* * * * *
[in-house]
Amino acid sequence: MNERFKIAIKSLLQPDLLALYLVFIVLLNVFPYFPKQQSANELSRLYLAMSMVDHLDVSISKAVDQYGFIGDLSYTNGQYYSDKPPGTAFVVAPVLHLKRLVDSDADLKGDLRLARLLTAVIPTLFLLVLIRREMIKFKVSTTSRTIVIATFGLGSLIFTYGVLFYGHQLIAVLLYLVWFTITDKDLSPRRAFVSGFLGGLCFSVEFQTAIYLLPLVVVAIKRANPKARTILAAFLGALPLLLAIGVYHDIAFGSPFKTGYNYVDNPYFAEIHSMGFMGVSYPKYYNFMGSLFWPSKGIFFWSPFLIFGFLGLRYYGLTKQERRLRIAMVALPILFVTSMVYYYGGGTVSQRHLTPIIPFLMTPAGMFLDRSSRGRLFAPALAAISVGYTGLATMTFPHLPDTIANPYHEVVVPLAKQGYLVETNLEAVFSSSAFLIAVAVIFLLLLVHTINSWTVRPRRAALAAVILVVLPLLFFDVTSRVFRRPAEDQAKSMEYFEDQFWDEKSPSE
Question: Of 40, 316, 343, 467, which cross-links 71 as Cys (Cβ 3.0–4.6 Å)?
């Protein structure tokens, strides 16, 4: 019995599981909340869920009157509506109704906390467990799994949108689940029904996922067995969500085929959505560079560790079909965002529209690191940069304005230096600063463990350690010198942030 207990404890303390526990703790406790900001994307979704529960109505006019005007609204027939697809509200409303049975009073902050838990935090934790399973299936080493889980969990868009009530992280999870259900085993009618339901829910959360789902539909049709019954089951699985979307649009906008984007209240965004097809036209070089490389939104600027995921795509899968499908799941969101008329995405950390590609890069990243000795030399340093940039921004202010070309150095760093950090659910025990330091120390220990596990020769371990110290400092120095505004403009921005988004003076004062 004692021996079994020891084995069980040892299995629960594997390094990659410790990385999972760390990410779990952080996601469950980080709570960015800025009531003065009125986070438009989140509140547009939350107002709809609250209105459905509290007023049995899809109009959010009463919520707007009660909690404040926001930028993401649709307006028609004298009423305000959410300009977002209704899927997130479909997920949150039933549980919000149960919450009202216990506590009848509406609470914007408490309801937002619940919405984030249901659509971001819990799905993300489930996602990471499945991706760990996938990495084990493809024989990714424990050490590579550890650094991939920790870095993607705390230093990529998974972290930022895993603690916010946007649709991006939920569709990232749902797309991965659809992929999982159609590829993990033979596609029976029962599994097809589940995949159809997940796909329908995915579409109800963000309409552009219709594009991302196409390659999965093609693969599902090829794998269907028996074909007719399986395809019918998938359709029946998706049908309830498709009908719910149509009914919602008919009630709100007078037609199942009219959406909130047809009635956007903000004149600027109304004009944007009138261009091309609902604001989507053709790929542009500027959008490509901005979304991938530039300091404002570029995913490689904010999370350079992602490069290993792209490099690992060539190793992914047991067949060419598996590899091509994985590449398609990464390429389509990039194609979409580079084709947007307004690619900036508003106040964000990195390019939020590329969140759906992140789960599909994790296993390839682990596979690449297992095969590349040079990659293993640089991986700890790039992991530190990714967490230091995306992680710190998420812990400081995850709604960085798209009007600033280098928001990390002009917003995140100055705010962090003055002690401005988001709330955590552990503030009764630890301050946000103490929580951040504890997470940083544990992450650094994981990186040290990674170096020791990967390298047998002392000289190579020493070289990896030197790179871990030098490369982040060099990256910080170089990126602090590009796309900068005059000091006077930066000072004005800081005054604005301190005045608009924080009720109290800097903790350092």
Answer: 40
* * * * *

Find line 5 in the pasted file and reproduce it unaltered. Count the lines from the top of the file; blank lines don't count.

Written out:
Answer: 40